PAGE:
Enabling smart care through smartphones: Mobile health innovation for the greater good
By Chelsea Yates
For researchers in the UW’s UbiComp Lab, a smartphone offers much more than access to email, Facebook and Pokémon Go: It has the power to detect disease and, ultimately, save lives.
The growing availability of smartphones with increasingly sophisticated sensors has opened new avenues for exploration and innovation — avenues that will lead to healthier communities in even the poorest regions of the globe. With partners across campus and worldwide, UbiComp researchers are developing and deploying mobile technologies that will transform health care as we know it.
Shwetak Patel, Washington Research Foundation Endowed Professor of Computer Science & Engineering and Electrical Engineering, leads the UbiComp Lab. The College of Engineering recently talked with him about this emerging body of work.
Learn more: UbiComp Lab
Five smartphone apps with the power to transform global health
UbiComp researchers are developing and testing several low-cost, easy-to-use, non-invasive mobile health apps, including:
BiliCam: An alternative for detecting newborn jaundice — which can lead to brain damage and death — using a smartphone’s camera. Instead of looking for “yellowness” in the skin, the camera and flash together measure the amount of bilirubin in the blood by examining wavelengths of light absorbed by the skin. In the U.S., this app will enable parents and general practitioners to screen before involving a specialist. In many parts of the world, midwives and traveling nurses more commonly deliver babies. Currently they have no screening tool for jaundice; this app will provide them with one.
HemaApp: A means of measuring hemoglobin in the blood using a smartphone's camera. Many health conditions — such as anemia, malnutrition and pulmonary illnesses — impact hemoglobin levels. This app is not only a disease screening tool but it can also help medical professionals assess the nutritional well-being of individuals and communities. Current monitoring requires blood samples or expensive equipment. By eliminating the need for blood draws, HemaApp alleviates concerns about sample contamination or infection.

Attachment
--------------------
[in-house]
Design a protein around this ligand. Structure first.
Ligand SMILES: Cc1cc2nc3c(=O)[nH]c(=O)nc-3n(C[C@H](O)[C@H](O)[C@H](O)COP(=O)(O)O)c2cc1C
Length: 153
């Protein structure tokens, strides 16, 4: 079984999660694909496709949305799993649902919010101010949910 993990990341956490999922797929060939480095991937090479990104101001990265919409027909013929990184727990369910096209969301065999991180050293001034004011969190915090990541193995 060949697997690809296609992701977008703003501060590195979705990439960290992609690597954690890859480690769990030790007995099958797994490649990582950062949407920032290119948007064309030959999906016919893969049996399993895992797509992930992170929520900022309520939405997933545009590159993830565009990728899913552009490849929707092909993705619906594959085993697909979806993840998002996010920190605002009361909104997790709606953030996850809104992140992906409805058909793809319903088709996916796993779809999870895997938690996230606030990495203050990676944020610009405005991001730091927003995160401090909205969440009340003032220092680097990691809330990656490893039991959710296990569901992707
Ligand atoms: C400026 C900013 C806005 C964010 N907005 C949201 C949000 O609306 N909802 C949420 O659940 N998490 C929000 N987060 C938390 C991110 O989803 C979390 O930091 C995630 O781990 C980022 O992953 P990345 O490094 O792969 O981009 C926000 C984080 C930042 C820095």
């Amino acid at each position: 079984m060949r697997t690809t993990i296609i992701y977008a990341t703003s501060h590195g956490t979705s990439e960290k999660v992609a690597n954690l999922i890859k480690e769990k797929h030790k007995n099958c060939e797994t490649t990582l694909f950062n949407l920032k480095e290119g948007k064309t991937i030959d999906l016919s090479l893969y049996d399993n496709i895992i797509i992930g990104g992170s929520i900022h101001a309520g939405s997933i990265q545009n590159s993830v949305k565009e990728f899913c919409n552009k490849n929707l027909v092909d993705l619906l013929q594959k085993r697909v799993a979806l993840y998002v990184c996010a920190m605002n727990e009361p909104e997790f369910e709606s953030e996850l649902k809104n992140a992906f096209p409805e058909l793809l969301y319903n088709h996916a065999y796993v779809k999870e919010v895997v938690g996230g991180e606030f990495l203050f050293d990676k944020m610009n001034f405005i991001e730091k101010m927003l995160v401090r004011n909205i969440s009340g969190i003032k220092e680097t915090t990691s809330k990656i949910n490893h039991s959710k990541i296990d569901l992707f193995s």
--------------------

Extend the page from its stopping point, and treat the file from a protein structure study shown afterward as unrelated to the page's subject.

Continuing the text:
SpiroSmart/SpiroCall: Hundreds of millions of people worldwide suffer from chronic respiratory diseases, and millions die each year. SpiroSmart measures lung function by having the patient blow into a phone’s microphone, replacing an expensive dedicated spirometer for diagnosing and managing asthma, cystic fibrosis and other pulmonary diseases. SpiroCall is a related project that is particularly useful in low-resource settings where smartphone access is limited. It turns any phone into a spirometer through a toll-free calling service.
CoughSense: Coughing is the number one symptom individuals report when experiencing an illness. Currently, to assess coughing, patients are asked to self-monitor or wear specialized equipment. CoughSense uses the phone’s microphone to monitor cough frequency for a single person or, when networked, to track trends across an entire population. In this way, it will be an important tool in monitoring the spread of diseases such as influenza or tuberculosis through pattern recognition in high-density areas.
BPSense: Measures blood pressure by Pulse Transit Time (PTT), the time taken by a pressure pulse to travel through the arterial tree. One method uses a phone's dual camera to measure a person’s pulse at his/her fingertip and ear simultaneously. A second method uses a phone’s microphone and camera to listen to the patient's heart beat and measure pulse at his/her fingertip. In addition to tracking, BPSense can also remind individuals to check their blood pressure at various times throughout the day.
Images courtesy of the UbiComp Lab, University of Washington.